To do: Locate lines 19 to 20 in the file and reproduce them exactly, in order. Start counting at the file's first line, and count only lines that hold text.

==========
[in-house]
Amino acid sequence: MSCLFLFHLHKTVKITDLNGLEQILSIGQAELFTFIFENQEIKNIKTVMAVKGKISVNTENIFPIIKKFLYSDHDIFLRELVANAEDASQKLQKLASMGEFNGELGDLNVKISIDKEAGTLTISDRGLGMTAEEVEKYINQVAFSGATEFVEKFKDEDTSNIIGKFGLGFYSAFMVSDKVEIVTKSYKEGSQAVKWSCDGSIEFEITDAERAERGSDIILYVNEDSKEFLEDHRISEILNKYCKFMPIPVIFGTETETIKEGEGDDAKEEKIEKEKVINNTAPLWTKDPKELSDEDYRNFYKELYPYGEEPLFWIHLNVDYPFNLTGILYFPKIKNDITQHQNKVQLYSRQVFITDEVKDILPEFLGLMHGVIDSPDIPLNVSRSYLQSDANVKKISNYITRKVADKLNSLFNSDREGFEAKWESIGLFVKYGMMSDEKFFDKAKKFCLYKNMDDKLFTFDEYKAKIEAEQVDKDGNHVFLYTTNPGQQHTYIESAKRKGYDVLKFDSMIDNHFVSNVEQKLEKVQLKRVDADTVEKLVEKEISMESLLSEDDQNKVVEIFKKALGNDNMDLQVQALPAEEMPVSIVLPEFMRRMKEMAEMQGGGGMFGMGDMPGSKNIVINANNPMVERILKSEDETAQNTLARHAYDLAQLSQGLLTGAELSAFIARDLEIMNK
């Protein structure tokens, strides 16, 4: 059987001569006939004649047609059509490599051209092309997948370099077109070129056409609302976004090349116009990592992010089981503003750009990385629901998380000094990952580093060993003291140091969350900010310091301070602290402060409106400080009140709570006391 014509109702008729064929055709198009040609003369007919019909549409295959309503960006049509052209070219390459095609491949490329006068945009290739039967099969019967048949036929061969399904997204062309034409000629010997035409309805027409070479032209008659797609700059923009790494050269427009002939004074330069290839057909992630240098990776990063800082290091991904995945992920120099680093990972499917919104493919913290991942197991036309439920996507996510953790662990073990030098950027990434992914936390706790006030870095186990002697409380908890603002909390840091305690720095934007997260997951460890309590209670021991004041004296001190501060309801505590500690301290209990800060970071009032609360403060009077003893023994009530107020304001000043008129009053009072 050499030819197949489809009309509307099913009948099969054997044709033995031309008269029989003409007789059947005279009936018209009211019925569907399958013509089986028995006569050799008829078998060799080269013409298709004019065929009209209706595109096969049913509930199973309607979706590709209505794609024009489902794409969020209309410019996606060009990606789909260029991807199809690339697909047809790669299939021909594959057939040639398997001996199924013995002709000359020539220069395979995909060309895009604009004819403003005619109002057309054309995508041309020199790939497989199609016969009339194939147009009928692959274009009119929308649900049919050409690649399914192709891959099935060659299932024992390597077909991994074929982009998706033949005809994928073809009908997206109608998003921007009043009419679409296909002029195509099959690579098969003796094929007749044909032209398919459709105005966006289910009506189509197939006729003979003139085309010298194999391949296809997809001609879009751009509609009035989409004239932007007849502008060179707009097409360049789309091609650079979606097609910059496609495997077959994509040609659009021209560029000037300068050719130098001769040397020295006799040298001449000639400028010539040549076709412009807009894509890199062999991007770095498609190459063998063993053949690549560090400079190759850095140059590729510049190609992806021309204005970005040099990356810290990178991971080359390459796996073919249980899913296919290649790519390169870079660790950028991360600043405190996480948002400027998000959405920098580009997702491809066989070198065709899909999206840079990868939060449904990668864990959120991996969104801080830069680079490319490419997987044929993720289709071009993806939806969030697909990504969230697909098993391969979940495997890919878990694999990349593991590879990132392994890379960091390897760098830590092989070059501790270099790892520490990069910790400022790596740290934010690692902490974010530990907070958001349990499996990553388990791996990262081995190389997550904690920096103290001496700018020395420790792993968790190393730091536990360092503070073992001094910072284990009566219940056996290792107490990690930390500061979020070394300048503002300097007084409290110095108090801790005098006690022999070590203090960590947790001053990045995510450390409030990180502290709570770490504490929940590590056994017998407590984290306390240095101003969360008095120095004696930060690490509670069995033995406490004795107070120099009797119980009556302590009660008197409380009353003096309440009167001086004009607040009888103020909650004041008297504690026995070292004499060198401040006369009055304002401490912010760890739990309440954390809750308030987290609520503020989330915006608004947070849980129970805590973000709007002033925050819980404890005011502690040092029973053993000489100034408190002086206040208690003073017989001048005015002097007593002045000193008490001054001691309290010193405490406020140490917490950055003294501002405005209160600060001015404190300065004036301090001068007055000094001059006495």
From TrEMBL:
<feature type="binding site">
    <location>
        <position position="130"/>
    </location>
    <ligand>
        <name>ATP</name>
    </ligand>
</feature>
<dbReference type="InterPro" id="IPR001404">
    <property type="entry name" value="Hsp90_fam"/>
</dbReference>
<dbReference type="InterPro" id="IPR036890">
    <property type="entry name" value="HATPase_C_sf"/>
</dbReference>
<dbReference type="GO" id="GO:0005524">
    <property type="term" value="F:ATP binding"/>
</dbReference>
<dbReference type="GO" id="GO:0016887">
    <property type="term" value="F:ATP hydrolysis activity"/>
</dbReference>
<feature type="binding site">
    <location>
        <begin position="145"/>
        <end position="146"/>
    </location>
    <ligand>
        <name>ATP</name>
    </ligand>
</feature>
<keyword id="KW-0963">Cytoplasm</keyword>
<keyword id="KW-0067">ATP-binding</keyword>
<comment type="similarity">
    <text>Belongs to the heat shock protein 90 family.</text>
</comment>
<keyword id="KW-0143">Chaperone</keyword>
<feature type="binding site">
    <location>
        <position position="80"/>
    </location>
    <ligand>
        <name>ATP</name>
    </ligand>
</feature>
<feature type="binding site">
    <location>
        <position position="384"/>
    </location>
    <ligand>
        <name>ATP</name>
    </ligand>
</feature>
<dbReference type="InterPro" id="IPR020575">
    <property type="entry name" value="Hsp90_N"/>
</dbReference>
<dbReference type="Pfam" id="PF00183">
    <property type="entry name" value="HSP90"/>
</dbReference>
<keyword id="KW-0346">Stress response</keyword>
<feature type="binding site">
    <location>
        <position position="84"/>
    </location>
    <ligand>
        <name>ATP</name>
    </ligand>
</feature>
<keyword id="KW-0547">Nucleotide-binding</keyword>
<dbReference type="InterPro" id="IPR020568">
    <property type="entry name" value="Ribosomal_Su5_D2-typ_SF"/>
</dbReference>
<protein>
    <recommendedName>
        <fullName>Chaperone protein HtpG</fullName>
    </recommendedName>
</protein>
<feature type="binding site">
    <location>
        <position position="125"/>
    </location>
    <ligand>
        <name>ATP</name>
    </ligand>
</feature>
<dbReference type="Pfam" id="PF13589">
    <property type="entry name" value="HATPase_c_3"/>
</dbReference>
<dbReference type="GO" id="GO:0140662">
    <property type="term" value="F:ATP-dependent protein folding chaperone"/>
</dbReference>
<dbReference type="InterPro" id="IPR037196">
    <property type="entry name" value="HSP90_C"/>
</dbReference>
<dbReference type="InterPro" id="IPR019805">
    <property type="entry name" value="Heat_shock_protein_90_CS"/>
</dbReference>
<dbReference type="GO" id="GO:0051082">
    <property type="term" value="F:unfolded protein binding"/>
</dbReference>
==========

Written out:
<dbReference type="GO" id="GO:0005524">
    <property type="term" value="F:ATP binding"/>